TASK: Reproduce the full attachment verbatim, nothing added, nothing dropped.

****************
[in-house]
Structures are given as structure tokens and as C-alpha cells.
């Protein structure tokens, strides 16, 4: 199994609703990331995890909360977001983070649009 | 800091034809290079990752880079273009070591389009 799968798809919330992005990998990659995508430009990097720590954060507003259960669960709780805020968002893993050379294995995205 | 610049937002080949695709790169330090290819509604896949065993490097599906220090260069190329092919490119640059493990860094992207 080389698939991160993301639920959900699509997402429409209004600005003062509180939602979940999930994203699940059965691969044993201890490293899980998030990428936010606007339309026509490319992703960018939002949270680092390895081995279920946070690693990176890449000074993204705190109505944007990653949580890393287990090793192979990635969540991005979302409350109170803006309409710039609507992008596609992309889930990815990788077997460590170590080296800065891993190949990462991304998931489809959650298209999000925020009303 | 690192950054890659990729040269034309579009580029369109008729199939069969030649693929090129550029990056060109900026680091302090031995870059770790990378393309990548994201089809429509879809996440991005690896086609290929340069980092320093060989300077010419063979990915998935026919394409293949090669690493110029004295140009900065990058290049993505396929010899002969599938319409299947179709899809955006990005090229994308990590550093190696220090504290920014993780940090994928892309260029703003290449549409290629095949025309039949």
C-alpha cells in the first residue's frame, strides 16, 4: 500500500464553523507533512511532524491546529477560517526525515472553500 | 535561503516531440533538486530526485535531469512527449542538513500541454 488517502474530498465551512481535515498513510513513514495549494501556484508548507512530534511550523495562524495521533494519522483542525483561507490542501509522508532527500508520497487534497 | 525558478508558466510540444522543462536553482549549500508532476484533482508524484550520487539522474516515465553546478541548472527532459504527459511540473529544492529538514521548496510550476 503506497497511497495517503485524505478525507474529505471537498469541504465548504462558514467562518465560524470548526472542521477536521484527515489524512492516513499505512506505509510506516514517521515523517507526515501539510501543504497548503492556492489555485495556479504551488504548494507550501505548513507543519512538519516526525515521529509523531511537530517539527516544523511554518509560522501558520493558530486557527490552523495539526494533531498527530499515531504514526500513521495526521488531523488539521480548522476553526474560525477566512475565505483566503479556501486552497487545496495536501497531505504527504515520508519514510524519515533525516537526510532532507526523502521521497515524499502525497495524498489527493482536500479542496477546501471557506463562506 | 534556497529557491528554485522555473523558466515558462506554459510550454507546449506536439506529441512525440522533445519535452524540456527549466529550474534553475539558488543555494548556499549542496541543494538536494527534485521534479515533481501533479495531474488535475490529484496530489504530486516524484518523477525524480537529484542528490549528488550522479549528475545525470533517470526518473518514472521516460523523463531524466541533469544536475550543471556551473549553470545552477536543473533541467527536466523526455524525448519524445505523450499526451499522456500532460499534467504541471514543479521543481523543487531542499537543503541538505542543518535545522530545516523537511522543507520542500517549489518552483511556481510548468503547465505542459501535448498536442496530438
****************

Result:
[in-house]
Structures are given as structure tokens and as C-alpha cells.
């Protein structure tokens, strides 16, 4: 199994609703990331995890909360977001983070649009 | 800091034809290079990752880079273009070591389009 799968798809919330992005990998990659995508430009990097720590954060507003259960669960709780805020968002893993050379294995995205 | 610049937002080949695709790169330090290819509604896949065993490097599906220090260069190329092919490119640059493990860094992207 080389698939991160993301639920959900699509997402429409209004600005003062509180939602979940999930994203699940059965691969044993201890490293899980998030990428936010606007339309026509490319992703960018939002949270680092390895081995279920946070690693990176890449000074993204705190109505944007990653949580890393287990090793192979990635969540991005979302409350109170803006309409710039609507992008596609992309889930990815990788077997460590170590080296800065891993190949990462991304998931489809959650298209999000925020009303 | 690192950054890659990729040269034309579009580029369109008729199939069969030649693929090129550029990056060109900026680091302090031995870059770790990378393309990548994201089809429509879809996440991005690896086609290929340069980092320093060989300077010419063979990915998935026919394409293949090669690493110029004295140009900065990058290049993505396929010899002969599938319409299947179709899809955006990005090229994308990590550093190696220090504290920014993780940090994928892309260029703003290449549409290629095949025309039949």
C-alpha cells in the first residue's frame, strides 16, 4: 500500500464553523507533512511532524491546529477560517526525515472553500 | 535561503516531440533538486530526485535531469512527449542538513500541454 488517502474530498465551512481535515498513510513513514495549494501556484508548507512530534511550523495562524495521533494519522483542525483561507490542501509522508532527500508520497487534497 | 525558478508558466510540444522543462536553482549549500508532476484533482508524484550520487539522474516515465553546478541548472527532459504527459511540473529544492529538514521548496510550476 503506497497511497495517503485524505478525507474529505471537498469541504465548504462558514467562518465560524470548526472542521477536521484527515489524512492516513499505512506505509510506516514517521515523517507526515501539510501543504497548503492556492489555485495556479504551488504548494507550501505548513507543519512538519516526525515521529509523531511537530517539527516544523511554518509560522501558520493558530486557527490552523495539526494533531498527530499515531504514526500513521495526521488531523488539521480548522476553526474560525477566512475565505483566503479556501486552497487545496495536501497531505504527504515520508519514510524519515533525516537526510532532507526523502521521497515524499502525497495524498489527493482536500479542496477546501471557506463562506 | 534556497529557491528554485522555473523558466515558462506554459510550454507546449506536439506529441512525440522533445519535452524540456527549466529550474534553475539558488543555494548556499549542496541543494538536494527534485521534479515533481501533479495531474488535475490529484496530489504530486516524484518523477525524480537529484542528490549528488550522479549528475545525470533517470526518473518514472521516460523523463531524466541533469544536475550543471556551473549553470545552477536543473533541467527536466523526455524525448519524445505523450499526451499522456500532460499534467504541471514543479521543481523543487531542499537543503541538505542543518535545522530545516523537511522543507520542500517549489518552483511556481510548468503547465505542459501535448498536442496530438